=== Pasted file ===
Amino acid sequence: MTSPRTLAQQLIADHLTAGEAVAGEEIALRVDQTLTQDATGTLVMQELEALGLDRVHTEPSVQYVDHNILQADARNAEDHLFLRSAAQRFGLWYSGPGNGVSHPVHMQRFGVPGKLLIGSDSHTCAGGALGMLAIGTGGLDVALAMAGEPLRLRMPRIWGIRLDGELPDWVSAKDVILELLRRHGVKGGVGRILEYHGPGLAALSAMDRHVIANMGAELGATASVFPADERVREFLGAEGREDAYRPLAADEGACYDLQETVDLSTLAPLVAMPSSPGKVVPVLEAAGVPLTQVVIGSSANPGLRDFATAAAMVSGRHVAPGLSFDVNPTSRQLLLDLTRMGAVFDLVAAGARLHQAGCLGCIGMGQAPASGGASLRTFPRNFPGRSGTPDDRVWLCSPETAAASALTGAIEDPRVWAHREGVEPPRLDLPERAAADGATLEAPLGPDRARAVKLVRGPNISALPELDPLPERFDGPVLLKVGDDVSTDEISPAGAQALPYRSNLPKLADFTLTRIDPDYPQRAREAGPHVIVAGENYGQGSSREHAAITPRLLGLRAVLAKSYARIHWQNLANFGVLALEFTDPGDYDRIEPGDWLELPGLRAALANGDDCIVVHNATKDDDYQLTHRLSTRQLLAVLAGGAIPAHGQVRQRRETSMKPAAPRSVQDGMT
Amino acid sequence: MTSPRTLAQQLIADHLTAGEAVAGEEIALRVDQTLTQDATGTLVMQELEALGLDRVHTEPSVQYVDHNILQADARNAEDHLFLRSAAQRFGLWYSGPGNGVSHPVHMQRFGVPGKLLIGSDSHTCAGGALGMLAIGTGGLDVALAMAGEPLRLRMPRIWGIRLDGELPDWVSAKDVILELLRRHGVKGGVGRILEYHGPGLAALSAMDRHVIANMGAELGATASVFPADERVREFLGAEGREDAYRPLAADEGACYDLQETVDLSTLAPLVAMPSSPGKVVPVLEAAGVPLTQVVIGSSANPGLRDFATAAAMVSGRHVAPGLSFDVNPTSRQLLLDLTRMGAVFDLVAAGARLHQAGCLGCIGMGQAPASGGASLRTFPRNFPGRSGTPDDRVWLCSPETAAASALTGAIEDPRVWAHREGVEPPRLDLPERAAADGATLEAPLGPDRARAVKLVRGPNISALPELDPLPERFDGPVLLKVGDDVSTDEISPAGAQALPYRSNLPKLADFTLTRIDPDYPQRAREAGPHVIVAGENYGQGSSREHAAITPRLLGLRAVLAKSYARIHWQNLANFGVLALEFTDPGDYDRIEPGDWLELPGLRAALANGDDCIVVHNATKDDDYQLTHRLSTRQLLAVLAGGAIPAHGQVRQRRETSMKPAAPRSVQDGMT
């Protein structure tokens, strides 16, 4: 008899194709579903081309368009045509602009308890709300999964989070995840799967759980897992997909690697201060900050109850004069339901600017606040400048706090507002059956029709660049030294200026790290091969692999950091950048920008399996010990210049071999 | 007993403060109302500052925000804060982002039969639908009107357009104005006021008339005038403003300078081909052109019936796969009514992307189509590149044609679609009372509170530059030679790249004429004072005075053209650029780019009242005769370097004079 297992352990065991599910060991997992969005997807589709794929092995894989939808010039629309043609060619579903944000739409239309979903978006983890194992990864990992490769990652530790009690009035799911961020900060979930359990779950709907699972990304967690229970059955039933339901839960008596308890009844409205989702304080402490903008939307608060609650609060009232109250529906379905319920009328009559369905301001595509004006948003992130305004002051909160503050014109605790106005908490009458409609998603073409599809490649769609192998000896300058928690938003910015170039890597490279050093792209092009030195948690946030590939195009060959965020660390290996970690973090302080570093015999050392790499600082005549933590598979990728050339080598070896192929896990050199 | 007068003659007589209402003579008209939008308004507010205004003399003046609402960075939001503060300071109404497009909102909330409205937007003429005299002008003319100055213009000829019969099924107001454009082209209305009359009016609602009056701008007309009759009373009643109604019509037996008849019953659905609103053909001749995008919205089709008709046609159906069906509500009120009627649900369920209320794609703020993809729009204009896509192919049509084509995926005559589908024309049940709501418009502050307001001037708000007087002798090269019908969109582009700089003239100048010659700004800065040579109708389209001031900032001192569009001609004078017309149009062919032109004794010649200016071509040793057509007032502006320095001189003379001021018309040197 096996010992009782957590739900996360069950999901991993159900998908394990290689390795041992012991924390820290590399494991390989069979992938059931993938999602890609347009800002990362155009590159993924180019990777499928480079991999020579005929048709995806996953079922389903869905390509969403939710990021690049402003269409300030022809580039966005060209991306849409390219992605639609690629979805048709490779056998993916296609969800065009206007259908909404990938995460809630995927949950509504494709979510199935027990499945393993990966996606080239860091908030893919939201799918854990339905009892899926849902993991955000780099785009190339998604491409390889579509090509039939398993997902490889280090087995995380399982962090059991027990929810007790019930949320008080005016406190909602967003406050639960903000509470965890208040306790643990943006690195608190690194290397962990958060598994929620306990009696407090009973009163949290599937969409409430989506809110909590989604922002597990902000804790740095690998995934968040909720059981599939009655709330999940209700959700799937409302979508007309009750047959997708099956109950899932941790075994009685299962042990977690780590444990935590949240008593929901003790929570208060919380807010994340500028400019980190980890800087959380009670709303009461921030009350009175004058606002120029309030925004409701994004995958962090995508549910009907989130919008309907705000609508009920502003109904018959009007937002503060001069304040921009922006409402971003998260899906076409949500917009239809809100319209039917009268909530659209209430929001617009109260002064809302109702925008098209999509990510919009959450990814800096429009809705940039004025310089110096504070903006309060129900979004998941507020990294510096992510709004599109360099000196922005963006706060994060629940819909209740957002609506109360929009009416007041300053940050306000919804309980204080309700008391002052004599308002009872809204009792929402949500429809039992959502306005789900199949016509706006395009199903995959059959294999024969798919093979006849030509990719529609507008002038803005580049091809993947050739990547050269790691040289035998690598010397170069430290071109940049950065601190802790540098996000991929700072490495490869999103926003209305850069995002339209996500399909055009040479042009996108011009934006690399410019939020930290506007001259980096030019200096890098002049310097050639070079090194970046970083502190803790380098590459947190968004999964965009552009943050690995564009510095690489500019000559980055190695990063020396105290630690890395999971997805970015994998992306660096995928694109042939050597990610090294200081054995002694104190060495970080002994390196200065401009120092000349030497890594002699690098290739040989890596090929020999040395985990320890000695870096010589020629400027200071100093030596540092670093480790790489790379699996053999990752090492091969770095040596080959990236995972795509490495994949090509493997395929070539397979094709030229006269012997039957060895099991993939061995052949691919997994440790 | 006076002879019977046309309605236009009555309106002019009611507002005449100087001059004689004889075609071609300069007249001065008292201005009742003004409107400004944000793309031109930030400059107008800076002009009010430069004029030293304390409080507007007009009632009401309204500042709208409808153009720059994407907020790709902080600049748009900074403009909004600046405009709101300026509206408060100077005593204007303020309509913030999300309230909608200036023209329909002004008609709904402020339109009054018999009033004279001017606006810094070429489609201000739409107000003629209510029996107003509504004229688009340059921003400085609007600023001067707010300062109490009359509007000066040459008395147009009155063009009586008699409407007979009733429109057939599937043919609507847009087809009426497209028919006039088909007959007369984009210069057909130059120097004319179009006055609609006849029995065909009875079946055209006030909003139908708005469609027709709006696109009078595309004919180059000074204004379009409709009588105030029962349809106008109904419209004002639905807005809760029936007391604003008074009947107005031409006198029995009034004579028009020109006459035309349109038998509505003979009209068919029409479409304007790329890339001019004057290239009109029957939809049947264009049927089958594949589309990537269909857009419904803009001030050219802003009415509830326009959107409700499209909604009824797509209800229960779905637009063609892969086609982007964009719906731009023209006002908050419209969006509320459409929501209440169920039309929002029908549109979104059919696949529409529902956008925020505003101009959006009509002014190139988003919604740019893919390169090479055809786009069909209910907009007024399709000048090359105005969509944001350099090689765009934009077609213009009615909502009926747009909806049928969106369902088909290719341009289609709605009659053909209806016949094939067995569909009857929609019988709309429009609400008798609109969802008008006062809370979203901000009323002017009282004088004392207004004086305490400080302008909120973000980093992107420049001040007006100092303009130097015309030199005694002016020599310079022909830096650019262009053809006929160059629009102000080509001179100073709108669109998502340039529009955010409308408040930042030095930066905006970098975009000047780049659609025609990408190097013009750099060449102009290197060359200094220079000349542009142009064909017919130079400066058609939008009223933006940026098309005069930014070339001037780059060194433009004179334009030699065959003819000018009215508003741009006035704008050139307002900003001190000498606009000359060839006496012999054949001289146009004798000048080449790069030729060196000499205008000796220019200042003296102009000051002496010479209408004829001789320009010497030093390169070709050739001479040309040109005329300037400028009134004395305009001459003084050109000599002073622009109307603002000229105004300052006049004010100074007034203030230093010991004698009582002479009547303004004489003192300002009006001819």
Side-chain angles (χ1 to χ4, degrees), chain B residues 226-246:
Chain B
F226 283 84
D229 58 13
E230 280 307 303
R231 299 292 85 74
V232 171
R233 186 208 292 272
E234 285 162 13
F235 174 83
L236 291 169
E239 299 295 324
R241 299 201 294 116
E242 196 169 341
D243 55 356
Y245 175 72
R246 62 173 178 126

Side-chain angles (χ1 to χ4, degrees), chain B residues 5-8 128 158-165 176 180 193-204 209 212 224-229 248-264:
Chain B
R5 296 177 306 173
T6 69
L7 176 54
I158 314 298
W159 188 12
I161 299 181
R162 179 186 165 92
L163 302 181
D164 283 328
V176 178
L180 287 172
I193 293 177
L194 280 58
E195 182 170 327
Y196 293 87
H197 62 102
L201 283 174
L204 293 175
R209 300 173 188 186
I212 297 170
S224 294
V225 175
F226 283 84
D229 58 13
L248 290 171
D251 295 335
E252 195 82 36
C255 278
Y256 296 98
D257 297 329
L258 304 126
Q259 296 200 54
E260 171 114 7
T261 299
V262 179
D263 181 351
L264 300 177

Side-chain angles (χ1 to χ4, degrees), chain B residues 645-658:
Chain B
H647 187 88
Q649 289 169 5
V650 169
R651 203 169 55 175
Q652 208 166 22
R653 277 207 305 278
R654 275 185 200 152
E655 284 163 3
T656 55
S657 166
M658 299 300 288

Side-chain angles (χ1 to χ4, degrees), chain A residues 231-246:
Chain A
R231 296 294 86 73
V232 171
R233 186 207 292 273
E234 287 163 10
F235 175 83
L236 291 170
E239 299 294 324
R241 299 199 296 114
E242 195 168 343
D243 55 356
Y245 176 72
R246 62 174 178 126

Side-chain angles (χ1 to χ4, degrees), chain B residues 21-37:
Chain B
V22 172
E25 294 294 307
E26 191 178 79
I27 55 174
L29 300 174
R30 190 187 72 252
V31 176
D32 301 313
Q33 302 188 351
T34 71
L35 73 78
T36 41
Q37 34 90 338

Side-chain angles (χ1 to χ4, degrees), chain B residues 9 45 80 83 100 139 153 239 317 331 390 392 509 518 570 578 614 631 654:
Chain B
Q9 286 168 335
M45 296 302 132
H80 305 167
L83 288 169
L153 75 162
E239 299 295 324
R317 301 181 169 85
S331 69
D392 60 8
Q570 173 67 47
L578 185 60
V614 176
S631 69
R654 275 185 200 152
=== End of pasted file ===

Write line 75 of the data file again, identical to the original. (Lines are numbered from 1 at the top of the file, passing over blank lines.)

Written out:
R231 296 294 86 73